Archive for: January 2014

Ten Terrific Books To Help Your Child Choose Books

 By Erin Nguyen, Children’s Department, Knox County Public Library






How to Get Your Child to Love Reading

by Esme Raji Codell

Teacher, librarian, and reading expert Codell assists parents of babies through middle schoolers in developing their children into lifelong readers through lists of recommended titles focused on a variety of child-friendly topics as well as ideas and activities to extend the reading experience.


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Teaching Steps To Good Decisions

Teaching Steps To Good Decisions

               By Barry Van Over, President of Premier Martial Arts International



Helping children learn to think and make good decisions are some of the most critical gifts parents can give to their children. Those teachable moments can also present some of the toughest battles for parents when guiding a child to good decision making. Here are some steps you can incorporate into your approach that can help:

Teach by example. Model your own best decision making skills where your children can watch and learn. For example, if you are in the mall and want something but don’t buy it, visit with them about your decision and why you chose not to buy it. “I would love this new television set, but I know we need to purchase new tires for the car. Maybe I can think about getting a T. V. after we get the tires.” Read more →

The Art Of Apology

Decide to incorporate empathy and insight

By Kathryn Rea Smith, PH.D.


By the time we were in preschool, most of us had learned the importance of apologizing after hurting someone. By kindergarten, we had likely given (at the behest of our parents and teachers) and received countless apologies for a variety of offenses. We were taught a simple formula: “Mary, I’m sorry I said your dress was ugly” or “Timmy, I’m sorry I tripped you on the playground.” If we were truthful, these formulaic and often perfunctory apologies were not very satisfying, especially on the receiving end. A well-crafted apology that combines empathy and insight, however, can be gratifying to give and to receive. Read more →

Join The Healthy Living Expo!


January 31 & February 1 at the Knoxville Convention Center


10_yr_logoThe area’s largest event focused on health, fitness, nutrition and living green returns for the tenth year to the Knoxville Convention Center on Friday, January 31 from 9-5 and Saturday, February 1 from 9-4 and offers interactive, educational exhibits, demonstrations and presentations. Over 130 individual companies fill more than 250 exhibits. The Expo continues to grow each year from its launch in 2005 as we expect over 8,000 visitors!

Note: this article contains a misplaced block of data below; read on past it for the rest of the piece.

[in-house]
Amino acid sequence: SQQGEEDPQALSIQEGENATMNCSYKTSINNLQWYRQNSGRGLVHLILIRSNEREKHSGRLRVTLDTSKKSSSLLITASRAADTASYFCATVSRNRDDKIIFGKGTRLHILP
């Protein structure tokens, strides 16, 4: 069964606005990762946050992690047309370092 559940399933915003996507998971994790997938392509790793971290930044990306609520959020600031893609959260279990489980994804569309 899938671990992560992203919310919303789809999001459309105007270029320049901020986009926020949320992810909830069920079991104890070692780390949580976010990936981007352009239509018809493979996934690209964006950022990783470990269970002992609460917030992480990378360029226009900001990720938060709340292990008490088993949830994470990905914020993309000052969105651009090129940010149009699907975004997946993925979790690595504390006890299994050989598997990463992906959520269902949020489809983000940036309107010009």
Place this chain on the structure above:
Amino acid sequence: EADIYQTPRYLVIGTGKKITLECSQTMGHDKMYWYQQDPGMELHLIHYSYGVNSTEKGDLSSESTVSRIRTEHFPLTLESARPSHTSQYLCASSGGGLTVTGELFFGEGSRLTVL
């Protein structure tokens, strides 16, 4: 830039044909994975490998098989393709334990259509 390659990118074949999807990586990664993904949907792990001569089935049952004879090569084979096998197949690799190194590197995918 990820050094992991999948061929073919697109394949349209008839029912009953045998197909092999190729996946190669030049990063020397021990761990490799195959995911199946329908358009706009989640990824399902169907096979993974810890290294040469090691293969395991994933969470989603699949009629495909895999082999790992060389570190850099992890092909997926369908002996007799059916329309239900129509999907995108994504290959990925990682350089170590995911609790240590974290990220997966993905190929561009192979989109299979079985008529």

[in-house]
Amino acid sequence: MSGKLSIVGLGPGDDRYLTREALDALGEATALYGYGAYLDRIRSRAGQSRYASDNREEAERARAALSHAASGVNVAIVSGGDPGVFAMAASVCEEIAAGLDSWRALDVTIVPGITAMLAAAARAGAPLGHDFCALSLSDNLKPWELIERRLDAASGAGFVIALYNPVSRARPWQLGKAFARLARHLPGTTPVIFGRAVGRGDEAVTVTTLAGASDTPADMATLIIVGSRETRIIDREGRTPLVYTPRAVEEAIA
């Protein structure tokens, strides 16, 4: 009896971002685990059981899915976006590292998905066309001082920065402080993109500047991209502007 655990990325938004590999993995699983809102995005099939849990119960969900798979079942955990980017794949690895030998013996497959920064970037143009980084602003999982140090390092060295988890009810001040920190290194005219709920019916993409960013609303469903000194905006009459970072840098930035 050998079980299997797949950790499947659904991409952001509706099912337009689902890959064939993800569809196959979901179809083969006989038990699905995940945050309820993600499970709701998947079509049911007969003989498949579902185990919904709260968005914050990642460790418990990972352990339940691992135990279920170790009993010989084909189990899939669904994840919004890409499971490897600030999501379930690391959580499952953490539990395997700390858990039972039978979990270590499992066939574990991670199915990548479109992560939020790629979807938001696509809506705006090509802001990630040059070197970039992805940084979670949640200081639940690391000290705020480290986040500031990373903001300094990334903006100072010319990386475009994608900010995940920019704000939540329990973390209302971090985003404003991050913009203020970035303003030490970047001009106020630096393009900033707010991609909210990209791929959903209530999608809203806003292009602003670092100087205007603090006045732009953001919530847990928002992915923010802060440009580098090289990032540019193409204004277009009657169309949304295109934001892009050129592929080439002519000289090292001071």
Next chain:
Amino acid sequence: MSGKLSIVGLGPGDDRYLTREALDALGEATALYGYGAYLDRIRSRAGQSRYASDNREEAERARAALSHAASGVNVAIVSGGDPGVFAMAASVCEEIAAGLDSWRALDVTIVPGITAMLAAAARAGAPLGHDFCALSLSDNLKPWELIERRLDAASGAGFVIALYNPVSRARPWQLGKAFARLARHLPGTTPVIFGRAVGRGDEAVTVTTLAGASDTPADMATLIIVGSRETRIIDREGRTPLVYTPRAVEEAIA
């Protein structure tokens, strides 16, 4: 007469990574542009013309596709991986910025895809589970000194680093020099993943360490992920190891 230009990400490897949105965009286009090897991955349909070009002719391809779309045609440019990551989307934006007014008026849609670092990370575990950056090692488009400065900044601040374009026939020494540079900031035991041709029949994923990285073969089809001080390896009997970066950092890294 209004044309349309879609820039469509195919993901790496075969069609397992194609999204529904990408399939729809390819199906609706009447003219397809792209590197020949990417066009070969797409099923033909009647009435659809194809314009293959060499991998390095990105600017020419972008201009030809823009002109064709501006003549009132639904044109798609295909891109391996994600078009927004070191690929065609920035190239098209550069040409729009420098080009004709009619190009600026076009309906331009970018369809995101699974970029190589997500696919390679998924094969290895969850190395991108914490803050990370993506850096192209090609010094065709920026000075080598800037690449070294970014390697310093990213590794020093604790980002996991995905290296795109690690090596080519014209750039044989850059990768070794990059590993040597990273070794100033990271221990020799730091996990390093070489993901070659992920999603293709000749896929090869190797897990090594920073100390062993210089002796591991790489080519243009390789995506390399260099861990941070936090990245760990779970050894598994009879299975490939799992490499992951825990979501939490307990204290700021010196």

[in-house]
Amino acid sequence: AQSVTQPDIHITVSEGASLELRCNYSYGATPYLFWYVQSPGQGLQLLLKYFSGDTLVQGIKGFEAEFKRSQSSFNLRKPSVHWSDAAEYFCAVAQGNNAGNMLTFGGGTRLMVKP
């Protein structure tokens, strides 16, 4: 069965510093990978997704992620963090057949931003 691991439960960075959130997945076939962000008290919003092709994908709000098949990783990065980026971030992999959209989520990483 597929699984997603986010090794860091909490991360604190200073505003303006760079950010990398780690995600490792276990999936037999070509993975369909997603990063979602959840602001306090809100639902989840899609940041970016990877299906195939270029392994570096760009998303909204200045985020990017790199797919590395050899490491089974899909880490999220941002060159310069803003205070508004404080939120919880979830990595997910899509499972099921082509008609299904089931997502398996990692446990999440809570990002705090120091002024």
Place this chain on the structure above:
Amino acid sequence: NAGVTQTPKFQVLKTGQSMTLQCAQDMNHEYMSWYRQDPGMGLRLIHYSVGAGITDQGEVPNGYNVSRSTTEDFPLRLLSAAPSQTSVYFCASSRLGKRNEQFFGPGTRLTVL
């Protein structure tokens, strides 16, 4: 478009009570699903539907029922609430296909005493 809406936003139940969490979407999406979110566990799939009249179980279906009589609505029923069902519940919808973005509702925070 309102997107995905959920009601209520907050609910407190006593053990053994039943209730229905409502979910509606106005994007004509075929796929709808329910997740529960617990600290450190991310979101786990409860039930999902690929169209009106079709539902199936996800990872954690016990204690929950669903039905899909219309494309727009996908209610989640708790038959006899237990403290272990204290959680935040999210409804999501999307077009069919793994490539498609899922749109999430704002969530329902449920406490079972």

Prizes, Prizes, Prizes and Fun Activities!

Returning Expo favorites include the Eat Right Stage and the Get Active Stage. The areas feature activities and speakers offering healthy living tools, tips and techniques with prize drawings after every activity. Expo visitors have access to free health checks and can participate in fitness activities at the Fort Sanders Health & Fitness Center pavilion.

Healthy Living!

With exhibitors representing products and services relating to healthcare, nutrition, fitness, natural health, family fitness and “green” living, visitors to the Healthy Living Expo are sure to find something to enhance their lifestyles. By participating in Expo activities, watching demonstrations, sampling nutritious foods, gathering information and accessing dozens of FREE health checks, visitors leave better prepared to meet the challenge of Healthy Living.

Free Tickets!

Below is a link for free ticket to the event. Plus, you can get additional tickets, door prize registration forms and find out more information about this year’s Healthy Living Expo.





Does Your Child Make A “Happy Plate?”

by Dawn Dextraze, M.A.. Photo courtesy of GSMI at Tremont.



Every choice we make creates a difference to someone somewhere. Even the small things add up over the course of a lifetime. Let’s consider one of these small things: food waste. Individual choices about food can have a big impact on energy conservation.

Food does not stand alone on our plates. It has a history behind it. It links us to other people, other places, and to the energy cycle itself. Everything we put on our plate has a story. Read more →